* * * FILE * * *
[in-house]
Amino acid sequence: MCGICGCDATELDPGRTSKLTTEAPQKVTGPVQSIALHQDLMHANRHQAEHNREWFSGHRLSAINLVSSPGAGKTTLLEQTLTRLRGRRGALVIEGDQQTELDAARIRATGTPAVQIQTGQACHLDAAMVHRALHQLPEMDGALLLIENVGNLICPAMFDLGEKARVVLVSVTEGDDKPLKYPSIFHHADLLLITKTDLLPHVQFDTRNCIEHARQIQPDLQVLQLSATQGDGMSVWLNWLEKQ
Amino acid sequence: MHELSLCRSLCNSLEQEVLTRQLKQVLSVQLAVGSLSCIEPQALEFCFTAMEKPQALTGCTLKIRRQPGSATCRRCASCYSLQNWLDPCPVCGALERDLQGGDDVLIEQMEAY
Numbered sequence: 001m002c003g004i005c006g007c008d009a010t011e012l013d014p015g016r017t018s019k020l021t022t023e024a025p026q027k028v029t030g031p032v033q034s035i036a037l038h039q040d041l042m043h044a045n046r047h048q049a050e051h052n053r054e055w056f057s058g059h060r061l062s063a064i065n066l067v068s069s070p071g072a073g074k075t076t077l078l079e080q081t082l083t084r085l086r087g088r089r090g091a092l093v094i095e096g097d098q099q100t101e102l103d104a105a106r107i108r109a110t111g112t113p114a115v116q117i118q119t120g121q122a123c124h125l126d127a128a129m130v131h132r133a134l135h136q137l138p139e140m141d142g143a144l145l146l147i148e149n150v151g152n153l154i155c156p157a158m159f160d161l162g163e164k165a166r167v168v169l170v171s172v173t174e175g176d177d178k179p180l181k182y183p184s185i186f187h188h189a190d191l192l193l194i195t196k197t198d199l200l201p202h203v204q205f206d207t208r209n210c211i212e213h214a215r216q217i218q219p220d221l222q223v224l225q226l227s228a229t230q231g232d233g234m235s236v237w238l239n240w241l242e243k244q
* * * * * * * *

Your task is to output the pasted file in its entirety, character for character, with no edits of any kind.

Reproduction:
[in-house]
Amino acid sequence: MCGICGCDATELDPGRTSKLTTEAPQKVTGPVQSIALHQDLMHANRHQAEHNREWFSGHRLSAINLVSSPGAGKTTLLEQTLTRLRGRRGALVIEGDQQTELDAARIRATGTPAVQIQTGQACHLDAAMVHRALHQLPEMDGALLLIENVGNLICPAMFDLGEKARVVLVSVTEGDDKPLKYPSIFHHADLLLITKTDLLPHVQFDTRNCIEHARQIQPDLQVLQLSATQGDGMSVWLNWLEKQ
Amino acid sequence: MHELSLCRSLCNSLEQEVLTRQLKQVLSVQLAVGSLSCIEPQALEFCFTAMEKPQALTGCTLKIRRQPGSATCRRCASCYSLQNWLDPCPVCGALERDLQGGDDVLIEQMEAY
Numbered sequence: 001m002c003g004i005c006g007c008d009a010t011e012l013d014p015g016r017t018s019k020l021t022t023e024a025p026q027k028v029t030g031p032v033q034s035i036a037l038h039q040d041l042m043h044a045n046r047h048q049a050e051h052n053r054e055w056f057s058g059h060r061l062s063a064i065n066l067v068s069s070p071g072a073g074k075t076t077l078l079e080q081t082l083t084r085l086r087g088r089r090g091a092l093v094i095e096g097d098q099q100t101e102l103d104a105a106r107i108r109a110t111g112t113p114a115v116q117i118q119t120g121q122a123c124h125l126d127a128a129m130v131h132r133a134l135h136q137l138p139e140m141d142g143a144l145l146l147i148e149n150v151g152n153l154i155c156p157a158m159f160d161l162g163e164k165a166r167v168v169l170v171s172v173t174e175g176d177d178k179p180l181k182y183p184s185i186f187h188h189a190d191l192l193l194i195t196k197t198d199l200l201p202h203v204q205f206d207t208r209n210c211i212e213h214a215r216q217i218q219p220d221l222q223v224l225q226l227s228a229t230q231g232d233g234m235s236v237w238l239n240w241l242e243k244q